Or, as AP puts it, “One in five Web users reading papers use online editions.” Each is true, according to the Nielsen//NetRatings @Plan Summer 2005 released today. The study focuses on online versus offline consumption and excluded users who get their news from non-newspaper online sites. (Can’t tell how many of those surveyed are relying on newspaper content delivered through those other sources.) Gerry Davidson, senior media analyst, Nielsen//NetRatings, says the transfer of preference by such a large group explains the efforts by many newspaper publishers to differentiate more between online and offline editions with message boards, editorial blogs, etc which “leverage the medium’s strengths of interactivity and immediacy.”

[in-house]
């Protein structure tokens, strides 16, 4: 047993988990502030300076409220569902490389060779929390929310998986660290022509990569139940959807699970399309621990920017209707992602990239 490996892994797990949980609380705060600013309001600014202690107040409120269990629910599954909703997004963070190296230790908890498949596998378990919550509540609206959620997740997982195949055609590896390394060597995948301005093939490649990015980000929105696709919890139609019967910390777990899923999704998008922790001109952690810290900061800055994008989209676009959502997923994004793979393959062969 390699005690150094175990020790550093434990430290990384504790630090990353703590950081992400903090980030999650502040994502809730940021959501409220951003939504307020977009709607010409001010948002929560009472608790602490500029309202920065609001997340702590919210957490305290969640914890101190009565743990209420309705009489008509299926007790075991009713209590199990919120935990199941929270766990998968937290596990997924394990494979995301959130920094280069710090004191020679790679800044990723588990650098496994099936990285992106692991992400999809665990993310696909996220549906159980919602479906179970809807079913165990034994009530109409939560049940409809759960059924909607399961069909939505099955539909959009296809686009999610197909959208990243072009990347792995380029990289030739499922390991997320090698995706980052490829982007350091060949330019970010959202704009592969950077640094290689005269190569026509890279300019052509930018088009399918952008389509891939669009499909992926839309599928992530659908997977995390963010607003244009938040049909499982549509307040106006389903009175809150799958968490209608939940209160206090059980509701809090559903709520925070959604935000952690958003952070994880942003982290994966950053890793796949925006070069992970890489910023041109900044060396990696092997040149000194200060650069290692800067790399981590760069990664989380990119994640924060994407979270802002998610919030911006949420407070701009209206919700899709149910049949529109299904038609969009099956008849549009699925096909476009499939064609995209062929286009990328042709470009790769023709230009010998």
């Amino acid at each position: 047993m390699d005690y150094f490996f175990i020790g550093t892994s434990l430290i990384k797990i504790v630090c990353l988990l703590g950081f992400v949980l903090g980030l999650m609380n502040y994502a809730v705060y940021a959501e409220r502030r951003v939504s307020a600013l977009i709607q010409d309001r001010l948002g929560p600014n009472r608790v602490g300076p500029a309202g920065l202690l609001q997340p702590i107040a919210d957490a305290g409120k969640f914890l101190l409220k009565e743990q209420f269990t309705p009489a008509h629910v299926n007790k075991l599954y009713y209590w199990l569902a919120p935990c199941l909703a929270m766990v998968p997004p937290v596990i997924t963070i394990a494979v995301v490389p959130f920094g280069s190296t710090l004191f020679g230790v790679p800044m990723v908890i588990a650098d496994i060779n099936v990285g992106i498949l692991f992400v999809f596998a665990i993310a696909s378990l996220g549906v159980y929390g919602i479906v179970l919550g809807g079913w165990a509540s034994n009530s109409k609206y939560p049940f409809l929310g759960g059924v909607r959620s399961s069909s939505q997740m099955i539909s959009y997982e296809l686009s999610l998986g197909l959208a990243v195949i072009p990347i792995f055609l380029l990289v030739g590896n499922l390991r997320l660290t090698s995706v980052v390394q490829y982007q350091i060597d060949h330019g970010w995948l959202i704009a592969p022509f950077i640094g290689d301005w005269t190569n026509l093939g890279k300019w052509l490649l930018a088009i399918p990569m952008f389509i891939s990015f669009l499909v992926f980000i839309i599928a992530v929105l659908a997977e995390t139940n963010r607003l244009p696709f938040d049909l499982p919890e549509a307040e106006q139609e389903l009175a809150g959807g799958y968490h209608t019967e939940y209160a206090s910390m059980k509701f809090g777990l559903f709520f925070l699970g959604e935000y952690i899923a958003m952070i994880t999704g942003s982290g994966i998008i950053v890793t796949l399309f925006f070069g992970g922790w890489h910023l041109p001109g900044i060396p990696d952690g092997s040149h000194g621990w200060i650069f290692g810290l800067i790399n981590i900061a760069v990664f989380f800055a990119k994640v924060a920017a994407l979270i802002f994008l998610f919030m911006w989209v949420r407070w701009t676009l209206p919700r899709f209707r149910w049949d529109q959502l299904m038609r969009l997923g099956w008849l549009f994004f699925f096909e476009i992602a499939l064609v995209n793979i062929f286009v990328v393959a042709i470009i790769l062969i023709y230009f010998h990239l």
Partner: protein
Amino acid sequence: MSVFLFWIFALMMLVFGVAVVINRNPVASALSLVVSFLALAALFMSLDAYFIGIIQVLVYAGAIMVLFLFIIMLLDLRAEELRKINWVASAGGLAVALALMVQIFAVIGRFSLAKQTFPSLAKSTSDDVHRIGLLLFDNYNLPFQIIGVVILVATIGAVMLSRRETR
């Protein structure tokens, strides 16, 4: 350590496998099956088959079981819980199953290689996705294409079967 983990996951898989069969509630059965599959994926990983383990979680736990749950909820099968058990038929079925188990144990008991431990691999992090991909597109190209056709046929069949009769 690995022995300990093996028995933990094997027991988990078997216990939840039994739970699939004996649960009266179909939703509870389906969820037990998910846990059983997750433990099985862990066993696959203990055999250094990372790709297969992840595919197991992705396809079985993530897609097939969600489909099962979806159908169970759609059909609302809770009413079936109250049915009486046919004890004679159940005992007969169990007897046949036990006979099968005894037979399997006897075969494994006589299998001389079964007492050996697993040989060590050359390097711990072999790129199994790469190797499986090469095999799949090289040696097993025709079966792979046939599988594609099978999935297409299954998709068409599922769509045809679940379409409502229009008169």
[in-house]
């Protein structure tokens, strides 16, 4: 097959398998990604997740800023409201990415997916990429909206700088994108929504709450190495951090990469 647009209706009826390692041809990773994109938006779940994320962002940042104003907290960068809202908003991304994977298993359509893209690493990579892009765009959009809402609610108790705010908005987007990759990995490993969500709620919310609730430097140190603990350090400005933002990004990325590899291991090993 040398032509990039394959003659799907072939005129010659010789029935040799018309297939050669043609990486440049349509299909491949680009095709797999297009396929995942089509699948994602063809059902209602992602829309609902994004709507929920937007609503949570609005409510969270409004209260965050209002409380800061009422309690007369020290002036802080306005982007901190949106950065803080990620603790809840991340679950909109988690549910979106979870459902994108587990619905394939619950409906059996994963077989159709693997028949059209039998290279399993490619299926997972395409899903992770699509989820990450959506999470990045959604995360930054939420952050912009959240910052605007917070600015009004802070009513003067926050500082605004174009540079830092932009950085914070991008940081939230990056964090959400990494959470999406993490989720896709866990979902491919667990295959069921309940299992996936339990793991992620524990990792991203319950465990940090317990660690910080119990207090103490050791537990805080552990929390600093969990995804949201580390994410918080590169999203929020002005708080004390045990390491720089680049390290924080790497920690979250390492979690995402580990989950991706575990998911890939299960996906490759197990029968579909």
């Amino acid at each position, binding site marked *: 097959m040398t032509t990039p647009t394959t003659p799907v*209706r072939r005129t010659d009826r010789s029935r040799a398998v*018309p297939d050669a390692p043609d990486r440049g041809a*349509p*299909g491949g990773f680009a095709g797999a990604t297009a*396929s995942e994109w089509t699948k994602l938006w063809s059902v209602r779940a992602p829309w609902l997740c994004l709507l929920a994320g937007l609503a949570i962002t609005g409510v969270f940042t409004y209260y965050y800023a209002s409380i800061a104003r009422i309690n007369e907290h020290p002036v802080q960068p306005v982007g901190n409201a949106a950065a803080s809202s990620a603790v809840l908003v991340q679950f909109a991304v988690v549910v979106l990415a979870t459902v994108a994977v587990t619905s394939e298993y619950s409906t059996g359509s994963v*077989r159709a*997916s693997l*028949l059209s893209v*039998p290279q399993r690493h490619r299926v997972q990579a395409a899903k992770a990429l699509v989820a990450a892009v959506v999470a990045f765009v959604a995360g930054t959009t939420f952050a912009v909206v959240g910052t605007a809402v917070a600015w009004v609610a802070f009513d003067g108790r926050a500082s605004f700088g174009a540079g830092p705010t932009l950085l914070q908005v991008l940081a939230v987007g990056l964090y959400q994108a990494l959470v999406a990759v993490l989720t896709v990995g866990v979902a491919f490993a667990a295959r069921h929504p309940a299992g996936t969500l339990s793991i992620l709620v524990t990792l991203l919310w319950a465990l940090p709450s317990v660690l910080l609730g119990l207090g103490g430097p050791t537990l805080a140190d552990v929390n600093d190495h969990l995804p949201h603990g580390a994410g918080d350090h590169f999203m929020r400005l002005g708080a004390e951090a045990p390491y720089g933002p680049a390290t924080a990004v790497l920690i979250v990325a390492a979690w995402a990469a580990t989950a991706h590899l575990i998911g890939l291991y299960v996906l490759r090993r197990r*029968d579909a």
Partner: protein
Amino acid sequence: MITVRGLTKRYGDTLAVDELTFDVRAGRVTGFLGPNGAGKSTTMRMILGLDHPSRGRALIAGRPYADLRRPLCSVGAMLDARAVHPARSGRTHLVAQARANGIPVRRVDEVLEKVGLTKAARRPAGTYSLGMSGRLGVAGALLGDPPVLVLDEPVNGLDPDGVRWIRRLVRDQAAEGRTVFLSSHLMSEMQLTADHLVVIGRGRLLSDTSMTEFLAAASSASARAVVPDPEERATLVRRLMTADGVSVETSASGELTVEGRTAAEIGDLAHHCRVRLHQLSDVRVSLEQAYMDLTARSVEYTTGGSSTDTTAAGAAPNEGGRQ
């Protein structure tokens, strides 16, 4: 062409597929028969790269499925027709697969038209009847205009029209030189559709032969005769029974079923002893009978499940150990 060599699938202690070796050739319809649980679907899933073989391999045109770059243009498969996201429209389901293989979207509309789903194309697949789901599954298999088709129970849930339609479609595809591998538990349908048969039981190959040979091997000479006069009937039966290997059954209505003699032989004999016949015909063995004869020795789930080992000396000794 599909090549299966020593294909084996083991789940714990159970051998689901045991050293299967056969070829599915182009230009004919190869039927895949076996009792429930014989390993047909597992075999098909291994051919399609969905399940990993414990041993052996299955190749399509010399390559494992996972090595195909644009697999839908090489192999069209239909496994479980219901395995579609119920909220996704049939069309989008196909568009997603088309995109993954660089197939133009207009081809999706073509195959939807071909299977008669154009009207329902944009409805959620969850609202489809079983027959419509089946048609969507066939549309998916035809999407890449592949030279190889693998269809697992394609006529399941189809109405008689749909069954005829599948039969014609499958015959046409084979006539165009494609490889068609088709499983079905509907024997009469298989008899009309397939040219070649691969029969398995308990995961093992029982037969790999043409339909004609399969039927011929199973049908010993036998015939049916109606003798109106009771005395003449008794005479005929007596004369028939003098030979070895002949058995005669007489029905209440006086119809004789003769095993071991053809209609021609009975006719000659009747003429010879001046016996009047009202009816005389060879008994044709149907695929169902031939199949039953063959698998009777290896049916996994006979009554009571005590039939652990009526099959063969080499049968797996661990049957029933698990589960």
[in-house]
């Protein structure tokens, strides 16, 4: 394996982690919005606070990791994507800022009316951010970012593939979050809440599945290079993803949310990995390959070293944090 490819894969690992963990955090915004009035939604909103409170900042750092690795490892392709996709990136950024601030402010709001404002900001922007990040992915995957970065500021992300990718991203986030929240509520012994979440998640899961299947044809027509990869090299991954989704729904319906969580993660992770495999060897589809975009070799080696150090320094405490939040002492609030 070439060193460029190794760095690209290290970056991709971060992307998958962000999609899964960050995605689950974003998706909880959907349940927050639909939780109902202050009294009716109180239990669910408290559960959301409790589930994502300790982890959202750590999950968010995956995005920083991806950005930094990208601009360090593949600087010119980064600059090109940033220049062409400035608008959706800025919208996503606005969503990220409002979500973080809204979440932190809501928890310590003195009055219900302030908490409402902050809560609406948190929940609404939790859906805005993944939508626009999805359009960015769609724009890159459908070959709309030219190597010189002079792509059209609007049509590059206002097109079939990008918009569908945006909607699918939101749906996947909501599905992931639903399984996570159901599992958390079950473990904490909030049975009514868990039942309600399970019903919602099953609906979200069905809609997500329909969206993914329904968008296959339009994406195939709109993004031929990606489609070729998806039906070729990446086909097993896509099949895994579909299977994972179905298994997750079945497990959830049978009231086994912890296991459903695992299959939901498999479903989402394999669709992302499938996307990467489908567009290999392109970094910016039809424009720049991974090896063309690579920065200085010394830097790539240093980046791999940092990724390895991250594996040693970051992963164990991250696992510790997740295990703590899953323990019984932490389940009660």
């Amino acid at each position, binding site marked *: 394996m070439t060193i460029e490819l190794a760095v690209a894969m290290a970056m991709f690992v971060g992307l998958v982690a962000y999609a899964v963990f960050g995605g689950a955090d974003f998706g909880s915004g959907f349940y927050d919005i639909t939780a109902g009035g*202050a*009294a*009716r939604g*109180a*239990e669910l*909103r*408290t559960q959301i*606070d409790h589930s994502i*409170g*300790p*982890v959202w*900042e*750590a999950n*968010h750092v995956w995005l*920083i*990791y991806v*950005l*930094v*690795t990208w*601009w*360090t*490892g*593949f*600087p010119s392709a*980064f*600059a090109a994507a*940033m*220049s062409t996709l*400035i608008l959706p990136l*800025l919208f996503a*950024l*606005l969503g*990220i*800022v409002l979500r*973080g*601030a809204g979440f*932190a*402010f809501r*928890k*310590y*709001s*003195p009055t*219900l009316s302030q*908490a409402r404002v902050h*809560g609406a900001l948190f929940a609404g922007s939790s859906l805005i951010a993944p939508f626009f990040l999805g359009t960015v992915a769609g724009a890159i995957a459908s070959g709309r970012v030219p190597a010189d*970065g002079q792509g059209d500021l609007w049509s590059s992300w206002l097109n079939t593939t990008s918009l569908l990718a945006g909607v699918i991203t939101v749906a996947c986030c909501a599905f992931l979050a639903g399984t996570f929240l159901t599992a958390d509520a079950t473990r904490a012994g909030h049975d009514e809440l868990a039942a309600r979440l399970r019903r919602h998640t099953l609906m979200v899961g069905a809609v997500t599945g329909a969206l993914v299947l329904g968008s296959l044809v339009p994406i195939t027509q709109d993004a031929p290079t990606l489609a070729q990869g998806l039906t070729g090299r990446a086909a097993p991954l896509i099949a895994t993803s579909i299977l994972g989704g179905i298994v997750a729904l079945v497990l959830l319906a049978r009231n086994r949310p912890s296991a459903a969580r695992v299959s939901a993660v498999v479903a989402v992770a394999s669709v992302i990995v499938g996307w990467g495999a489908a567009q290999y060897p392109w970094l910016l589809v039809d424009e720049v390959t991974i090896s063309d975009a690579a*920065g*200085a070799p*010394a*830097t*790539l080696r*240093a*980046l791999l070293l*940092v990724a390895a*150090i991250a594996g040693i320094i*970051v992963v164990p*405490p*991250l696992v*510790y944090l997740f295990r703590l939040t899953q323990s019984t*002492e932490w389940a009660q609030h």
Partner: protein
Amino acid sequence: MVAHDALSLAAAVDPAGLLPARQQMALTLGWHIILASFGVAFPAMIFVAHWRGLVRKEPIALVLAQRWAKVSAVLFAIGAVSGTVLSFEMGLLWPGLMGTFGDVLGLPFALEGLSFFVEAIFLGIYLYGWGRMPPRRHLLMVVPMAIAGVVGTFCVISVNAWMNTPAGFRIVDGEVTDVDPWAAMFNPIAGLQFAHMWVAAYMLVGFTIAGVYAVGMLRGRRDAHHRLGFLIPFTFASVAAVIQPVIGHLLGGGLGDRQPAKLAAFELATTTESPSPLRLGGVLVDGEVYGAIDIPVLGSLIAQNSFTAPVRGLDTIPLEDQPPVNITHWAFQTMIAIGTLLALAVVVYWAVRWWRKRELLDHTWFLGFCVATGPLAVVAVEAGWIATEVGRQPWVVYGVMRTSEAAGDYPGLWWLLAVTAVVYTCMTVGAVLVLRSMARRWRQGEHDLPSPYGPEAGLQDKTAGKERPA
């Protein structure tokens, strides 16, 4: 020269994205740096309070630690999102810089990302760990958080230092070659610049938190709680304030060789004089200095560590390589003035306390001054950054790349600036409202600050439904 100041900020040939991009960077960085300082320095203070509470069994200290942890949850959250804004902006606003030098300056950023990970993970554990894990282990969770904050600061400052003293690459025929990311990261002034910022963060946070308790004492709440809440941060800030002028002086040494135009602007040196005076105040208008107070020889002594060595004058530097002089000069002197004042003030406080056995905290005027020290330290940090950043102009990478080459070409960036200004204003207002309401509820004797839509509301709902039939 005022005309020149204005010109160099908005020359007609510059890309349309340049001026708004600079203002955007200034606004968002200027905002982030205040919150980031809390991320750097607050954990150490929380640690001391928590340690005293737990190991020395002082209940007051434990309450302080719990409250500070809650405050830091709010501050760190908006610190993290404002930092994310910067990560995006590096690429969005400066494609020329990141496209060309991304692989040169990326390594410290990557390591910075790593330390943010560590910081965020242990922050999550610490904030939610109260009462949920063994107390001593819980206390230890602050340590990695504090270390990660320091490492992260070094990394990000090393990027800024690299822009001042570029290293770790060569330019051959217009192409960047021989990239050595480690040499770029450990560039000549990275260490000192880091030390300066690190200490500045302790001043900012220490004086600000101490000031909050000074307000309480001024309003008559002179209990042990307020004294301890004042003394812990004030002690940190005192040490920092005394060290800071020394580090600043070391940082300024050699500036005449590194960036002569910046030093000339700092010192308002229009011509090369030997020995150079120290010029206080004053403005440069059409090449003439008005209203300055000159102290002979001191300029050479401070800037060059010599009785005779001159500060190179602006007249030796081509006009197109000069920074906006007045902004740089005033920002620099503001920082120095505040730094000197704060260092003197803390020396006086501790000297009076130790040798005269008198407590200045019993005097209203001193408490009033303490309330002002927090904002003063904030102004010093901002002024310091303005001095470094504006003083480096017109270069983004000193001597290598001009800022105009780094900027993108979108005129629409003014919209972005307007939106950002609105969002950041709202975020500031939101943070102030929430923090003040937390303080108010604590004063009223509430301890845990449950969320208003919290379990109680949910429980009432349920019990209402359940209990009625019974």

Highlights: — “a significant 21 percent of Web users who read newspapers have transferred their readership primarily to the online version.”
– 72 percent of online users who consume newspapers still view print editions as primary; 7 percent of online users who consume newspapers split their time between print and online.
– The proportion of males relying on online is greater — 53 percent compared to 47 percent. Women make up 57 percent of those who rely primarily on print.
I’m posting separately on the top five online newspapers.
Related: Nielsen/NetRatings: NYTimes.com Tops Online Newspapers (pdf)